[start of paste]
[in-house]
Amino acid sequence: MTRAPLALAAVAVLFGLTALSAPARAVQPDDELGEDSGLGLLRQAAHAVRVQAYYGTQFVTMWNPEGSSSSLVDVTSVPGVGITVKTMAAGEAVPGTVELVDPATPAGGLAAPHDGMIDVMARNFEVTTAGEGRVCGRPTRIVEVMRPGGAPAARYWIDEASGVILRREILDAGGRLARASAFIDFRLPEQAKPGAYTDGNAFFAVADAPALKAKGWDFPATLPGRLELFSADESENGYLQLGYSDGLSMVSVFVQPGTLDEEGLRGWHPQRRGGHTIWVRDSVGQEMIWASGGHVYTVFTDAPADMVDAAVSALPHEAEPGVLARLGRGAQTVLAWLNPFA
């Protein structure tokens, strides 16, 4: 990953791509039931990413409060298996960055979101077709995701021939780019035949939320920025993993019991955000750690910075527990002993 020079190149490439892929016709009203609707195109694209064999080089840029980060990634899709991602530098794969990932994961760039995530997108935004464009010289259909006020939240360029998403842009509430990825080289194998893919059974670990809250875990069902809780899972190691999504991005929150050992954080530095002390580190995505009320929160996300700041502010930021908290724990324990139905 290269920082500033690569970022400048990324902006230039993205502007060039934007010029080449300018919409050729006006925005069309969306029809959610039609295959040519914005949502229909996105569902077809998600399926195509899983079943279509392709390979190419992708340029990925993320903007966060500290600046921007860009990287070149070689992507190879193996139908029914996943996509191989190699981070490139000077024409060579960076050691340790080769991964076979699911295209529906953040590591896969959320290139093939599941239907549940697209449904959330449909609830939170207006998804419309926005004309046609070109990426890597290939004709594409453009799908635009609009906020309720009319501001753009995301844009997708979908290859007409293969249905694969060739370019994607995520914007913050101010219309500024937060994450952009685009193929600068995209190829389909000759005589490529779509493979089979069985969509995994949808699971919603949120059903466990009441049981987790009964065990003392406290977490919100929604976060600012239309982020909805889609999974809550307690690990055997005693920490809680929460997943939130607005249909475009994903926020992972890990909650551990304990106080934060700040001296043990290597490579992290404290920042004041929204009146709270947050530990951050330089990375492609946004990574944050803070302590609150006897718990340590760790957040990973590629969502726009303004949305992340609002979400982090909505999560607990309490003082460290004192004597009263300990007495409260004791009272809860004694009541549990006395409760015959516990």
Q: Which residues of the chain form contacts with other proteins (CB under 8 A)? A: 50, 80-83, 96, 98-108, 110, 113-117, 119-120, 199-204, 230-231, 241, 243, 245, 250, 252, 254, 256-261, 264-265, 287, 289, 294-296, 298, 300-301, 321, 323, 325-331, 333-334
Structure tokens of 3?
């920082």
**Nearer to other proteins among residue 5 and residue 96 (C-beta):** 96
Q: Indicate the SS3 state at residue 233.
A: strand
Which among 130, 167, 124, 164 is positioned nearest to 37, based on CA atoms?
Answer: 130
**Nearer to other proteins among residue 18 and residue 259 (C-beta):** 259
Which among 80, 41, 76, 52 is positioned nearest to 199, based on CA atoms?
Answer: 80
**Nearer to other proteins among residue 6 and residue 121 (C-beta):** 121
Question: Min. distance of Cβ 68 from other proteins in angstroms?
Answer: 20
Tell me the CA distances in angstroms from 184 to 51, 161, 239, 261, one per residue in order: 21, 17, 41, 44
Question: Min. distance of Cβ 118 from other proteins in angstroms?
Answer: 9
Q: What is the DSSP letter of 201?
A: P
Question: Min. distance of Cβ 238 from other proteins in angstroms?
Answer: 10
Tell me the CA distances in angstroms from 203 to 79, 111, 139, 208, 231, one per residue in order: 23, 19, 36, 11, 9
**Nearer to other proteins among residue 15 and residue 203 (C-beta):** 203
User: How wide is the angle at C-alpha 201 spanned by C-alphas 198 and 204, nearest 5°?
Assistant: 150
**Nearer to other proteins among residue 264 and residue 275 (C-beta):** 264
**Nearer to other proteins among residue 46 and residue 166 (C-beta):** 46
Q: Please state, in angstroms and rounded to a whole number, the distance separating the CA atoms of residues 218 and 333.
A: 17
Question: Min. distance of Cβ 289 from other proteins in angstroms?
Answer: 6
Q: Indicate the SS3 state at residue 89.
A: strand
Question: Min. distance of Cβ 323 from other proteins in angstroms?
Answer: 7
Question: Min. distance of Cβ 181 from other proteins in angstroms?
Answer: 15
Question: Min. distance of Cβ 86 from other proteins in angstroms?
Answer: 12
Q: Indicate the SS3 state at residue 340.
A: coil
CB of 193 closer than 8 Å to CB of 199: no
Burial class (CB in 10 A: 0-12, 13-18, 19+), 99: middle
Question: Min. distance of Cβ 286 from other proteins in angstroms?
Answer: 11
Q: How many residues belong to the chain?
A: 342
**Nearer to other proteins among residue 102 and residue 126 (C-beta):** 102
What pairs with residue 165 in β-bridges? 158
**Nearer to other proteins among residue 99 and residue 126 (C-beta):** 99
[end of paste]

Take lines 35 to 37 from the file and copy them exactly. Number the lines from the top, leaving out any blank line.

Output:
Q: Indicate the SS3 state at residue 89.
A: strand
Question: Min. distance of Cβ 323 from other proteins in angstroms?